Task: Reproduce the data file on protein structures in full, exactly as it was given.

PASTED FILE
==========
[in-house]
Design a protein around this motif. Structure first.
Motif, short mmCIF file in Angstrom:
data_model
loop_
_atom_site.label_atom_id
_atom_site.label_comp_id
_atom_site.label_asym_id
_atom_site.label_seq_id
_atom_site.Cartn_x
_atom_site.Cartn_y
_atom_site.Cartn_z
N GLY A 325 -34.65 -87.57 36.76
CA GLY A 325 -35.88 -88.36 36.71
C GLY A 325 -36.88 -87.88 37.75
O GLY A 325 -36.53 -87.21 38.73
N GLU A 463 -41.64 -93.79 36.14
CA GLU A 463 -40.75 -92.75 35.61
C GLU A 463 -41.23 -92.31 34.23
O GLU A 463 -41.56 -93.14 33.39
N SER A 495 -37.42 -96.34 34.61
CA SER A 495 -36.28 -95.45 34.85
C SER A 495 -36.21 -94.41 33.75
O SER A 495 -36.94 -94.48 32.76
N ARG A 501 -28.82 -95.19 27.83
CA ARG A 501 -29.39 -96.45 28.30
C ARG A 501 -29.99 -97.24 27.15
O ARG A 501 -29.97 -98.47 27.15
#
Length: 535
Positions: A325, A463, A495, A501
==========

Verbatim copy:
[in-house]
Design a protein around this motif. Structure first.
Motif, short mmCIF file in Angstrom:
data_model
loop_
_atom_site.label_atom_id
_atom_site.label_comp_id
_atom_site.label_asym_id
_atom_site.label_seq_id
_atom_site.Cartn_x
_atom_site.Cartn_y
_atom_site.Cartn_z
N GLY A 325 -34.65 -87.57 36.76
CA GLY A 325 -35.88 -88.36 36.71
C GLY A 325 -36.88 -87.88 37.75
O GLY A 325 -36.53 -87.21 38.73
N GLU A 463 -41.64 -93.79 36.14
CA GLU A 463 -40.75 -92.75 35.61
C GLU A 463 -41.23 -92.31 34.23
O GLU A 463 -41.56 -93.14 33.39
N SER A 495 -37.42 -96.34 34.61
CA SER A 495 -36.28 -95.45 34.85
C SER A 495 -36.21 -94.41 33.75
O SER A 495 -36.94 -94.48 32.76
N ARG A 501 -28.82 -95.19 27.83
CA ARG A 501 -29.39 -96.45 28.30
C ARG A 501 -29.99 -97.24 27.15
O ARG A 501 -29.97 -98.47 27.15
#
Length: 535
Positions: A325, A463, A495, A501